by Hoogie Espinosa . May 21st, 2014
I am a hedonist and often do things out of curiosity. Often I think that if I want to do something, I better get it over with or my mind’s going to run around. However, I also understand what I need to survive and grow. Through the years, I have learned how to stretch a dollar to its limits and organize my finances so that even on a tight pocket, I can move towards excellence with whatever I want to do.
Let’s go over some of my personal tips and tricks on how to survive with a bag of coins.
The term “spending wisely” is to be taken literally. You actually have to know what you’re spending on and beyond that. Before spending on anything, I get the whole scoop on it. I research about the product, its manufacturers and where I can get it. I also study about the product’s competition and predecessors and find out everything about those too. I want to be as comfortable with a product or service as if I had already purchased it before, before actually purchasing it. This should also be applied to hiring people.
When a product or service is offered at a lower rate than usual, this doesn’t mean it’s a clearance sale of a failed project. Otherwise, they’d say so. Mostly, it’s a shout out. The owners believe that what they’re offering is great and deserves a shot, but sadly isn’t getting too much heat. If there’s no special offer, don’t hesitate to ask for one. A lot of companies would rather give a 10% off on a product, rather than losing a customer and other potential ones through them.
Even if you’ve got good standards for living, that doesn’t mean every facet of your living has to be up top. Find out what makes you genuinely happy and focus on those things. And sometimes, you just need to start on this, because we never really understand what we can live without until we actually try. And remember that if you can save for yourself, you’re also saving for your company.
You go to a room with free food and likeminded individuals with similar goals and possibly similar problems. What could be easier in this situation than to offer service for service to help the group running? Some people there could have also gone through experiences that you haven’t yet and may offer advice in exchange for yours. And because of the passion of everyone in these meet-ups to learn something new, they don’t feel all stiff, but rather they give off a friendly and fresh environment.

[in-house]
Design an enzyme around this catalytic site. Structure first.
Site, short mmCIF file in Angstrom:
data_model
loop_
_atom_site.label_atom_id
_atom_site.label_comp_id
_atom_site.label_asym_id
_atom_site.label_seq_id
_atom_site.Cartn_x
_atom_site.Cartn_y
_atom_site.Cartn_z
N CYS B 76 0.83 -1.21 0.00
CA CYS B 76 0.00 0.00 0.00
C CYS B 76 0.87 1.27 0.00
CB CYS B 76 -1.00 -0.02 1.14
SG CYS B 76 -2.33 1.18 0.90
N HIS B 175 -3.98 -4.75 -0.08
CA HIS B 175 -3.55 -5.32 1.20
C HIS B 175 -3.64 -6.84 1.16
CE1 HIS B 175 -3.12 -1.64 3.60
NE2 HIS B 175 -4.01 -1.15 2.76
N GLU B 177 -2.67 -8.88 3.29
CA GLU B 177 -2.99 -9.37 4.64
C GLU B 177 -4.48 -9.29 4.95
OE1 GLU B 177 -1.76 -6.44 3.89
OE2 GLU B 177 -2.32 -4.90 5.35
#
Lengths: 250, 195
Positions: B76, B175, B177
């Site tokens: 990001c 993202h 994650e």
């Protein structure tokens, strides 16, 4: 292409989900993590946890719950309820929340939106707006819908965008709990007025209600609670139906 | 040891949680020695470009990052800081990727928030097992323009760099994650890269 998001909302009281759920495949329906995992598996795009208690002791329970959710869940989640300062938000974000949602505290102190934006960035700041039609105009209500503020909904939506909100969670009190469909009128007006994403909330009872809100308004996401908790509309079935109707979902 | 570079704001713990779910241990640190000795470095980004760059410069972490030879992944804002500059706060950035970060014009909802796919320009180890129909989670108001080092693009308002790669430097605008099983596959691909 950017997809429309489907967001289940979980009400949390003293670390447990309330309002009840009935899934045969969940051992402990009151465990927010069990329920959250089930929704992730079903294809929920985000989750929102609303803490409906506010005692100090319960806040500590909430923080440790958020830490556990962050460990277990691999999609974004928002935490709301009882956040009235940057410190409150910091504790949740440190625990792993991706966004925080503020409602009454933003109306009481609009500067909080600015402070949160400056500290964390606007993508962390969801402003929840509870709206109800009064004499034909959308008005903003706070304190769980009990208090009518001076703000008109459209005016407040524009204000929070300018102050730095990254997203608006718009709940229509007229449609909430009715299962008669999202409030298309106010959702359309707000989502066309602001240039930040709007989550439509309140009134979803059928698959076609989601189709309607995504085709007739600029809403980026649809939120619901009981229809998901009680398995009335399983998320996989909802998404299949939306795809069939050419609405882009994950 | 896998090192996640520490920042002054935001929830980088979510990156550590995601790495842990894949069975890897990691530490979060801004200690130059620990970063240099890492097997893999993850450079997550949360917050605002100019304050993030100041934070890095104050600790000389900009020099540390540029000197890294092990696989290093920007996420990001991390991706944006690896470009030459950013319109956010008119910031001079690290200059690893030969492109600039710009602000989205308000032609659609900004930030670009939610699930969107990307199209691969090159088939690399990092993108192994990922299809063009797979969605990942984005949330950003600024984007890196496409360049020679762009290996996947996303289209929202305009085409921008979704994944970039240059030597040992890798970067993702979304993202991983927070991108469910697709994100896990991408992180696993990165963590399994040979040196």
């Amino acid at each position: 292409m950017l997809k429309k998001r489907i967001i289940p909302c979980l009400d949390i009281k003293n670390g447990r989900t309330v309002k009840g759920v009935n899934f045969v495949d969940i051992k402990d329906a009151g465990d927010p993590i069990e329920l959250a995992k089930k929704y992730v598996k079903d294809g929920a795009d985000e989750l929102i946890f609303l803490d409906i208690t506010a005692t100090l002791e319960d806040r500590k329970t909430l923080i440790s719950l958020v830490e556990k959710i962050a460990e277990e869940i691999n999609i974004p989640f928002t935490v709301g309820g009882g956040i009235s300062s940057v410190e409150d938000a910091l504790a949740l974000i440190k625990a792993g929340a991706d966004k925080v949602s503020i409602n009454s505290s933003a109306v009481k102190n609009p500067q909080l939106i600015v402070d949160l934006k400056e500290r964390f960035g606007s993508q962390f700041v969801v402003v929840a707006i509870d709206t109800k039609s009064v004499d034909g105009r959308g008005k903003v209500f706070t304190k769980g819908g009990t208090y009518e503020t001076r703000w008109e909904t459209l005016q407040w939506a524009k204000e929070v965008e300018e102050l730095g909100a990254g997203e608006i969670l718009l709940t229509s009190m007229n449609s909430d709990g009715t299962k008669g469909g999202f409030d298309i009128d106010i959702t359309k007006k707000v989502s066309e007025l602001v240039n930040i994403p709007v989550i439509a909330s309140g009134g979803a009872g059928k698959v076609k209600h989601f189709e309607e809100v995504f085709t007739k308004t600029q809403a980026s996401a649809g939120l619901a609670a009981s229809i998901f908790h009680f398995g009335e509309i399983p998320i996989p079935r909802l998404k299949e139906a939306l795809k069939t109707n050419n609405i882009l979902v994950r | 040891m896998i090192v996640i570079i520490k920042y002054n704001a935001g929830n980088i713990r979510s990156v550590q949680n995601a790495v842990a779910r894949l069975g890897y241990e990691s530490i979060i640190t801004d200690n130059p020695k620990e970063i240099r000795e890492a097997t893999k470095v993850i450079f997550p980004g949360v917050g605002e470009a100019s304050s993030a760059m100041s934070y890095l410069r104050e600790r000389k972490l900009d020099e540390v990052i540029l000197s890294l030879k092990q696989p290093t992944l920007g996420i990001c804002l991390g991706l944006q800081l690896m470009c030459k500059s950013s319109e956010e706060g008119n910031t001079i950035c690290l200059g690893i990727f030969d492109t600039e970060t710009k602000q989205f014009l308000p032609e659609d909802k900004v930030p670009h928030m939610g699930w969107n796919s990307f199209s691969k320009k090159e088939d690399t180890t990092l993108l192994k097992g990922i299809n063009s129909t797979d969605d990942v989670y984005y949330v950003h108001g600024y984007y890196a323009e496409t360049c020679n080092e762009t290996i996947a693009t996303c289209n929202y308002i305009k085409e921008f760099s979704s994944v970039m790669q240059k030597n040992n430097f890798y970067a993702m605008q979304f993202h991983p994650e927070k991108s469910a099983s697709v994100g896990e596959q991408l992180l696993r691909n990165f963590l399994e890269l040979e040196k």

It’s an obvious thing to say, but I feel that it’s important to be reminded of this once in a while. Even if you’re new and are spending the tiniest expenses and making the tiniest of sales, your company still needs to grow. You can’t do that if you don’t know exactly how it’s growing and what you have in your arsenal to help it grow.
There are many things that people tend to forget to budget for. Sometimes it’s the transportation from one meeting to another. Other times it’s the time wasted from holding an hour-long meeting, when it could have been accomplished in 15 minutes. When you start to realize that these tiny expenditures are often regular and add up to huge amounts of waste in the long run, you can then wizen up a bit more on what you do and how you do it.
I understand that your business (whatever it may be) is really important to you and that at times, you can get really passionate about it. Yes, most of your money should definitely go to the company, but understand that you, the entrepreneur, are practically synonymous to this creation of yours. If you burn out, so does your company. Find time and cash to spend on yourself and your loved ones. Go out and have a good time. Celebrate how your business has progressed so far, and what you know it will become in the future.
photo credits: peasap via photopin cc; teegardin via photopin cc; ian sane via photopin cc; stephenpoff via photopin cc
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